5. App store queuing. I buy an app on iOS and it takes me out of the app store and to one of my homescreens, I want to buy another app I have to go back into the app store. Huh?

Five Things Android Could Learn from iOS

These aren’t ordered in any particular manor, just a random list of five things that iOS does better than Android 2.2.

1. Style. Android is nice looking, but a little utilitarian in places. Whereas iOS is sleek and stylish to the very end.

2. App badges. Androids task bar notifications are great, but badges are handy for those lower priority apps, not to mention inbox counts.

3. Centralized settings.  I really like the fact that iOS lets app developers include a settings page inside of Settings.app.

4. Parental controls. Android seems to be lacking even basic options for parental controls.

5. Remote wipe. Yes,  they have APIs to enable applications to do this, but let’s see a native app ship with the OS.

Mobile Browser Shootout

Everyone is entitled to their own favorite smartphone, but I think we all can agree that some phones just do certain things better. Today, let’s take a quick look at how various mobile browsers fair in the Acid3 test.

Default browsers for the platforms:

Android 2.2

No screenshot, because I haven’t rooted my Droid X yet. I know, I know, I fail at life…

webOS 1.4.2



webOS 2.0 (developer beta)

Wait… the performance of the browser actually went down with a new build of the OS?


iOS (tested 3.1.3 through 4.2)


Third-party browsers:

Skyfire 2.3 Beta (Android)


Opera Mini 5.1.21126 (Android)


Opera Mini 5.0.019802 (iOS)


iPhone vs. Android – Part 1: Acquisition

This series offers a comparison of the iPhone vs. Android experience.

First, a little back story. I’ve owned several iPhones over the years, but all the while have kept a cheapo Alltel/Verizon phone with which to make actual phone calls. And while AT&T has improved the data network quite a bit over the years, I’m ready to move onto something more reliable. That and consolidate to just one phone.

Naturally, since Palm/HP and its webOS has handsets made for midgets and Blackberry’s are about as user-friendly as a porcupine, I decided to go with Android, specifically the Droid X. Over the next few weeks I plan on chronicling the process of switching from iOS to Android.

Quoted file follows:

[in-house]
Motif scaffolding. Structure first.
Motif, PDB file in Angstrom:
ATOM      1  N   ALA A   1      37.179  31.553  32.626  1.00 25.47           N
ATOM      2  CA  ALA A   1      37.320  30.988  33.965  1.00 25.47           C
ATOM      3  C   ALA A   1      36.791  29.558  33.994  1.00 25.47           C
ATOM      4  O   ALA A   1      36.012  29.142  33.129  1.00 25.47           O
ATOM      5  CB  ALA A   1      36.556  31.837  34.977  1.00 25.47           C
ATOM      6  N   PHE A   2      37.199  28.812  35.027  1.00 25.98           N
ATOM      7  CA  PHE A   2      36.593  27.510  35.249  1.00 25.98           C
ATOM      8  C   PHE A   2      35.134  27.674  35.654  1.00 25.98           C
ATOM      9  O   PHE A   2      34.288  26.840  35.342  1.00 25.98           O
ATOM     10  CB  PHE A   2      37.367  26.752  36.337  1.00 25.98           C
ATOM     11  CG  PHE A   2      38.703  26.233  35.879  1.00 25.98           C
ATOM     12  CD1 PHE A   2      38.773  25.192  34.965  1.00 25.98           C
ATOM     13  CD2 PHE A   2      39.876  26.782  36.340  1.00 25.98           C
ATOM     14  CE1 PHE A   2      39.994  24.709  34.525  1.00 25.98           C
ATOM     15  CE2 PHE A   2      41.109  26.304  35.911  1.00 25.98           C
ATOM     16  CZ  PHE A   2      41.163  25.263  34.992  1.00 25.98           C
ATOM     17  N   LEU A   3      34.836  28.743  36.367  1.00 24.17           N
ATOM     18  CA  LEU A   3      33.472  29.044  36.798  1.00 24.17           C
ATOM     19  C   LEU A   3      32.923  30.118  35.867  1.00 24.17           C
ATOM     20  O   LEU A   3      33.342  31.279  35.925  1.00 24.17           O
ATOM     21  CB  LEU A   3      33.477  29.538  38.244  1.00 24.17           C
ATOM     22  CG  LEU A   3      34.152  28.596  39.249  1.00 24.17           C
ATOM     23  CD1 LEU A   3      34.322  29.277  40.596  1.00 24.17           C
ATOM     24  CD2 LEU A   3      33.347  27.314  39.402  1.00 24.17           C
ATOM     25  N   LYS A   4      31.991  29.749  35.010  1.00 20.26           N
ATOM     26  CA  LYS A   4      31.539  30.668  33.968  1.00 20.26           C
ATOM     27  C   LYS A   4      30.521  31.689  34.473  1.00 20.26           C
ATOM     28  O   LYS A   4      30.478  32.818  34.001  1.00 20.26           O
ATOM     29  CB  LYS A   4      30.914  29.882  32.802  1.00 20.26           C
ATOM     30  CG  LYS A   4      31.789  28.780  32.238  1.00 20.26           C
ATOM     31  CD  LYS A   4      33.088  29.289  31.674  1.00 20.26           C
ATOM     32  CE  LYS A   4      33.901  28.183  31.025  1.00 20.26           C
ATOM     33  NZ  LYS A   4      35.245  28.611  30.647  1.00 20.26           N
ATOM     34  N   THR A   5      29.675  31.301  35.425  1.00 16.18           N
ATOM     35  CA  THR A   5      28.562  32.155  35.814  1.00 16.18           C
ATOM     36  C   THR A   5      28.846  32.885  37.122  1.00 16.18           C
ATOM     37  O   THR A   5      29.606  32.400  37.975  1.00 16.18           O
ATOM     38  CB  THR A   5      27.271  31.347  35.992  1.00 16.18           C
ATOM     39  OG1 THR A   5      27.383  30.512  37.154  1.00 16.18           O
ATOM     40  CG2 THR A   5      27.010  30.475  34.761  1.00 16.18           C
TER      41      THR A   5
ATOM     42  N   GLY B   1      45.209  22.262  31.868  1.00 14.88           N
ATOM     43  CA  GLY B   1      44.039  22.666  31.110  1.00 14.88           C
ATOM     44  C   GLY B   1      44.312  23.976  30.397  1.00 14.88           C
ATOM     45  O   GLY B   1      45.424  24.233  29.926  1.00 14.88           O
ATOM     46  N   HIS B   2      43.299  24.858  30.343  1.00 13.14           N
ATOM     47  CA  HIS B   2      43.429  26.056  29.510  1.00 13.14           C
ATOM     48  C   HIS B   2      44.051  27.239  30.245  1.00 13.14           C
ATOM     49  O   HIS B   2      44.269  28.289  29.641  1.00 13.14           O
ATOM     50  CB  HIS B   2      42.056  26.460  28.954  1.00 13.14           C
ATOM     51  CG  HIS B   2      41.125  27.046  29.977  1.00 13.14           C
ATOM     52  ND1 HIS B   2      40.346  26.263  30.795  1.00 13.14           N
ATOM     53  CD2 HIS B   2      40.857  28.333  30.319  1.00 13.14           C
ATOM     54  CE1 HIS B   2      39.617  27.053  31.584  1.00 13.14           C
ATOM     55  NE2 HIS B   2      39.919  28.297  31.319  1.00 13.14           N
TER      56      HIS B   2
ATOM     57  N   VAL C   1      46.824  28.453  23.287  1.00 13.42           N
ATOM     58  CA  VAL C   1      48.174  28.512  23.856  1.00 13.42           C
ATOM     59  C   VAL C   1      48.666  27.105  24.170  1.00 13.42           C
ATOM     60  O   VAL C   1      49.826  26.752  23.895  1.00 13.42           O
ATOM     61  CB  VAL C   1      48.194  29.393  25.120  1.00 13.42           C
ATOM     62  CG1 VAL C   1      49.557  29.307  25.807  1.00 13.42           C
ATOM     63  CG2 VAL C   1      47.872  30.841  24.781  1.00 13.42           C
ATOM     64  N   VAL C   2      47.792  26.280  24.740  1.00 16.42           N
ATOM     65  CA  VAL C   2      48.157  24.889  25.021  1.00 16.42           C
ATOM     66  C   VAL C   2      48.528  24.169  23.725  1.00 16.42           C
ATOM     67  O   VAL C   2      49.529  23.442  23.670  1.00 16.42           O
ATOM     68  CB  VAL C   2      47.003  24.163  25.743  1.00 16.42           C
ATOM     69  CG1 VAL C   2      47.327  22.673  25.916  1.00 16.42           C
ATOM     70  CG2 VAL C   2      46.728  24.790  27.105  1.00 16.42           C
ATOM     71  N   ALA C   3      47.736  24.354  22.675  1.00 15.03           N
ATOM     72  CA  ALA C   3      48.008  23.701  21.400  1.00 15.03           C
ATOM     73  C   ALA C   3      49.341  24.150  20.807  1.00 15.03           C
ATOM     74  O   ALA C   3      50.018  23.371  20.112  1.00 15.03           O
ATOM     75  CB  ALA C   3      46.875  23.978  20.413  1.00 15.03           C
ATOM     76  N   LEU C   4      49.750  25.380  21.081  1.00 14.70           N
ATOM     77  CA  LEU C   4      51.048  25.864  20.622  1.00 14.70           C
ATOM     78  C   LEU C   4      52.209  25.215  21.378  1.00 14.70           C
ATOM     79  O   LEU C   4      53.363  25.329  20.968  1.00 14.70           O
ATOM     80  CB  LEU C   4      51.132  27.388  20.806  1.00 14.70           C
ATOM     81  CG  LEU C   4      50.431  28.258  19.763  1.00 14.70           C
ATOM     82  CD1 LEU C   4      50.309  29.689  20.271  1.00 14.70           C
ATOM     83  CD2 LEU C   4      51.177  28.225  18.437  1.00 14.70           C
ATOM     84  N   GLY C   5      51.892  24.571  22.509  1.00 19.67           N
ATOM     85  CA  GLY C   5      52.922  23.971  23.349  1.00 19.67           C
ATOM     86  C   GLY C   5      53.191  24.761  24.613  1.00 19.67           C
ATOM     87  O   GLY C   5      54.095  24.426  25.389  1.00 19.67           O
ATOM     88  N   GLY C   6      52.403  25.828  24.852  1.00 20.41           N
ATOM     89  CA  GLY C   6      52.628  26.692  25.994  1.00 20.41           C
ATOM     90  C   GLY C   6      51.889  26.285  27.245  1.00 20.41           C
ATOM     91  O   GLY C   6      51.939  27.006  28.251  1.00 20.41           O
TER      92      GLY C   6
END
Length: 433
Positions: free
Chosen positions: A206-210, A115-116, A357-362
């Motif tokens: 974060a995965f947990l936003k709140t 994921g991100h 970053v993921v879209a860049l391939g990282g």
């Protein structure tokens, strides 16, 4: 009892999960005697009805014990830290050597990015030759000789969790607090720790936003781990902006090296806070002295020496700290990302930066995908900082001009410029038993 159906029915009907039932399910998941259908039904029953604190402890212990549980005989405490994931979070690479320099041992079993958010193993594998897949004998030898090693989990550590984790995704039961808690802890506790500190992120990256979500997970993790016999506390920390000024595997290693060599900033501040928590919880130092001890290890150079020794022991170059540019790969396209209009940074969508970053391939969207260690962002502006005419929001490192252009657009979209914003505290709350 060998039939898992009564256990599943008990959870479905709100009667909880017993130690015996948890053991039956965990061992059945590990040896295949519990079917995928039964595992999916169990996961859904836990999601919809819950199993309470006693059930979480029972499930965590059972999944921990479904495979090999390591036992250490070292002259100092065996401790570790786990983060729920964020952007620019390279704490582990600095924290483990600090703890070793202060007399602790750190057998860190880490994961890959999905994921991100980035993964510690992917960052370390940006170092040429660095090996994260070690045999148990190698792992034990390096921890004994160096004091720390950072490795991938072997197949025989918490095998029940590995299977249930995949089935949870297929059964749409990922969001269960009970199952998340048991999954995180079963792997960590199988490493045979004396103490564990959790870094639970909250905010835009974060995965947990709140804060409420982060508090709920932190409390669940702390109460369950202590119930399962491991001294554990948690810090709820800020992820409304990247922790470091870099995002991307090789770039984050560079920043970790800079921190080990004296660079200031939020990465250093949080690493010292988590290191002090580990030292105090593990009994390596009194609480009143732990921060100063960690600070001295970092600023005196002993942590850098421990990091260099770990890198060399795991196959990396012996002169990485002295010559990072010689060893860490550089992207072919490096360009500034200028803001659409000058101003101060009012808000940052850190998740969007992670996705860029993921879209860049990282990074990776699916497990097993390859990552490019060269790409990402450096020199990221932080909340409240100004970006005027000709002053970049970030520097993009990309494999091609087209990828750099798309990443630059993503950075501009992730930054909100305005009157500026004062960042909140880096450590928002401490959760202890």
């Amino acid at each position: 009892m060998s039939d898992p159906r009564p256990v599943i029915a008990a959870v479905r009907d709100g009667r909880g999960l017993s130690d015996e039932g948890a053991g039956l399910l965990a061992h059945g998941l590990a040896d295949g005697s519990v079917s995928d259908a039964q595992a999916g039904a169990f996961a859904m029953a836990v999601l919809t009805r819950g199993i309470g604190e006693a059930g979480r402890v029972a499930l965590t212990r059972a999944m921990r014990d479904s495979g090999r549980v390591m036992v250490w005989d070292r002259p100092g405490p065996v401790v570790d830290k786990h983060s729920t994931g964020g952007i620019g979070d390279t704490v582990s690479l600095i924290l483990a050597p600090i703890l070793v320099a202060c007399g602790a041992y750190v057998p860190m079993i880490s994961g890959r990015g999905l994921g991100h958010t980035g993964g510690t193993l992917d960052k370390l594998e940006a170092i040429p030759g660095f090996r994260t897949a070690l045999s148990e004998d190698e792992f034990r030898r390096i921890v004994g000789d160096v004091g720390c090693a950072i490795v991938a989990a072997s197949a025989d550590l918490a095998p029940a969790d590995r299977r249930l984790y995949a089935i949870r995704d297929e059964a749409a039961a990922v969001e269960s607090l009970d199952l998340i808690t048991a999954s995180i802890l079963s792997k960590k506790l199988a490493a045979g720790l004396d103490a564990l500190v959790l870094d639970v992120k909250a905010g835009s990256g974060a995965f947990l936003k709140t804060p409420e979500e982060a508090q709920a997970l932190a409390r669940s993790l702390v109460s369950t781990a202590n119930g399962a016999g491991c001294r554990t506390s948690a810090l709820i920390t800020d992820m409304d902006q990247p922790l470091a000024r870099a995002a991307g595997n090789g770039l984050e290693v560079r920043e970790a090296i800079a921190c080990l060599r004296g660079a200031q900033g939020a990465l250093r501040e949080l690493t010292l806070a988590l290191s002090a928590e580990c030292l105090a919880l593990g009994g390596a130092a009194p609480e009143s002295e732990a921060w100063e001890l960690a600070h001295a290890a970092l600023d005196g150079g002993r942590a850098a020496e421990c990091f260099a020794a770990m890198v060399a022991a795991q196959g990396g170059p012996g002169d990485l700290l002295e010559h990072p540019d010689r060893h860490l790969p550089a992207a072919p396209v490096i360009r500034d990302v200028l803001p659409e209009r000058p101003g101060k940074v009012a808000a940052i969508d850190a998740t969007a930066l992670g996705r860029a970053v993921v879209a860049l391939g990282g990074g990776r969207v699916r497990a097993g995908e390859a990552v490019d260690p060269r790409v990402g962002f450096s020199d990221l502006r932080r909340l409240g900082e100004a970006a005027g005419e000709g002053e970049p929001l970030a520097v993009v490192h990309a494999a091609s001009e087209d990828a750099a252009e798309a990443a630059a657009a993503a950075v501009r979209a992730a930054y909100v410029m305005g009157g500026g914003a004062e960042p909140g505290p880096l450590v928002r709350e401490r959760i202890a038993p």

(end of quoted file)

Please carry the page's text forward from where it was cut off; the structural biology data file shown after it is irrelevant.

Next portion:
This part of my experience might be rather skewed, as I never bought an iPhone anywhere near launch. Never waited in line, even for an hour or two, in fact my first iPhone was mailed to be almost 6 months after they were originally released.

That said, the one time I did acquire an iPhone in a retail environment, it was actually rather pleasant. Three months after the iPhone 3G was released I decided on a whim, to go pick one up for work, I pulled into the local mall, walked into the AT&T store and then approached one of the six employees aimlessly wandering around the store and asked for an iPhone. Moments later one was brought from the back, and I walked to the counter to active it. A few simple questions, and I was all ready to go, and out the door. Total time spent: 15 minutes.

Droid X
Admittedly the odds were not in Verizon’s favor when I walked into the store to purchase my Droid X. Even though I fully expected to have them mail the actual handset to me, I was making the trip anyway because I needed to move my current phone from Alltel to Verizon, as well as add my phone to my wife’s Verizon account since she gets a lovely discount for being an employee of the local hospital.

I cleverly planned my appointment to coincide with the commencement of tailgating for the football game that afternoon, in hopes that there would be fewer people on the store. It kind of worked, I only had to sit around for 20 minutes.

After my “short” wait, I got my new phone ordered in about five minutes. One guy told me it’d take seven days to get the phone, another staff member said just two days. I wasn’t able to move my account over until the new phone arrived however, since my old phone was an Alltel handset.

In the mean time I was left dreaming of my new toy, suddenly my iPhone seemed sluggish and bulky, even though the Droid X dwarfs the iPhone.

Actual time for the phone to arrive? Four days.

Thankfully it arrived earlier enough in the day for me to head back to the Verizon store. After a  two minute wait, they moved my account and activated my phone in about ten minutes. Much faster.

The victor?
I’m going to call this one a tie, since if I’d ever bought an iPhone this close to launch there would’ve been some extra waiting involved.